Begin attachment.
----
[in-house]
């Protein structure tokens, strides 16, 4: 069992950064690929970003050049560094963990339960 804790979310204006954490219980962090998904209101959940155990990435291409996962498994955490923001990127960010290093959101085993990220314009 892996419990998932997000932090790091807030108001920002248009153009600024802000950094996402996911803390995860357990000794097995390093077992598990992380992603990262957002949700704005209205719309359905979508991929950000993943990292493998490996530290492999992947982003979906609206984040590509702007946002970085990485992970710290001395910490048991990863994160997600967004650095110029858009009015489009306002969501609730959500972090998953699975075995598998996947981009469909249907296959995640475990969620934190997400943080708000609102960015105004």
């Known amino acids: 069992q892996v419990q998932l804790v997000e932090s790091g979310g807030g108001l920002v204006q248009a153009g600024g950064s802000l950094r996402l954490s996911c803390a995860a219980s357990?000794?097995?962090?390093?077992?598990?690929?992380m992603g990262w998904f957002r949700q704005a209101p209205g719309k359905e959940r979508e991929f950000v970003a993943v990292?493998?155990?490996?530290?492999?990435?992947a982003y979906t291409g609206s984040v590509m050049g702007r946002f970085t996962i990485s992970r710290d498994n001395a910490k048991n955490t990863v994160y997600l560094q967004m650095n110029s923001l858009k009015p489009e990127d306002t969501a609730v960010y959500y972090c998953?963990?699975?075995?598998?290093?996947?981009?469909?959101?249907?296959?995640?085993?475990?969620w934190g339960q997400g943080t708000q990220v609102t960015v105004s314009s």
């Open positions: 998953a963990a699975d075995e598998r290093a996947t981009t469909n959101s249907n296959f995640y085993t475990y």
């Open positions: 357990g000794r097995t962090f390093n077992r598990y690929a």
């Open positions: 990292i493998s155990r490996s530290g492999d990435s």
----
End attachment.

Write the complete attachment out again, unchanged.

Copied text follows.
[in-house]
């Protein structure tokens, strides 16, 4: 069992950064690929970003050049560094963990339960 804790979310204006954490219980962090998904209101959940155990990435291409996962498994955490923001990127960010290093959101085993990220314009 892996419990998932997000932090790091807030108001920002248009153009600024802000950094996402996911803390995860357990000794097995390093077992598990992380992603990262957002949700704005209205719309359905979508991929950000993943990292493998490996530290492999992947982003979906609206984040590509702007946002970085990485992970710290001395910490048991990863994160997600967004650095110029858009009015489009306002969501609730959500972090998953699975075995598998996947981009469909249907296959995640475990969620934190997400943080708000609102960015105004």
């Known amino acids: 069992q892996v419990q998932l804790v997000e932090s790091g979310g807030g108001l920002v204006q248009a153009g600024g950064s802000l950094r996402l954490s996911c803390a995860a219980s357990?000794?097995?962090?390093?077992?598990?690929?992380m992603g990262w998904f957002r949700q704005a209101p209205g719309k359905e959940r979508e991929f950000v970003a993943v990292?493998?155990?490996?530290?492999?990435?992947a982003y979906t291409g609206s984040v590509m050049g702007r946002f970085t996962i990485s992970r710290d498994n001395a910490k048991n955490t990863v994160y997600l560094q967004m650095n110029s923001l858009k009015p489009e990127d306002t969501a609730v960010y959500y972090c998953?963990?699975?075995?598998?290093?996947?981009?469909?959101?249907?296959?995640?085993?475990?969620w934190g339960q997400g943080t708000q990220v609102t960015v105004s314009s």
């Open positions: 998953a963990a699975d075995e598998r290093a996947t981009t469909n959101s249907n296959f995640y085993t475990y």
């Open positions: 357990g000794r097995t962090f390093n077992r598990y690929a």
């Open positions: 990292i493998s155990r490996s530290g492999d990435s």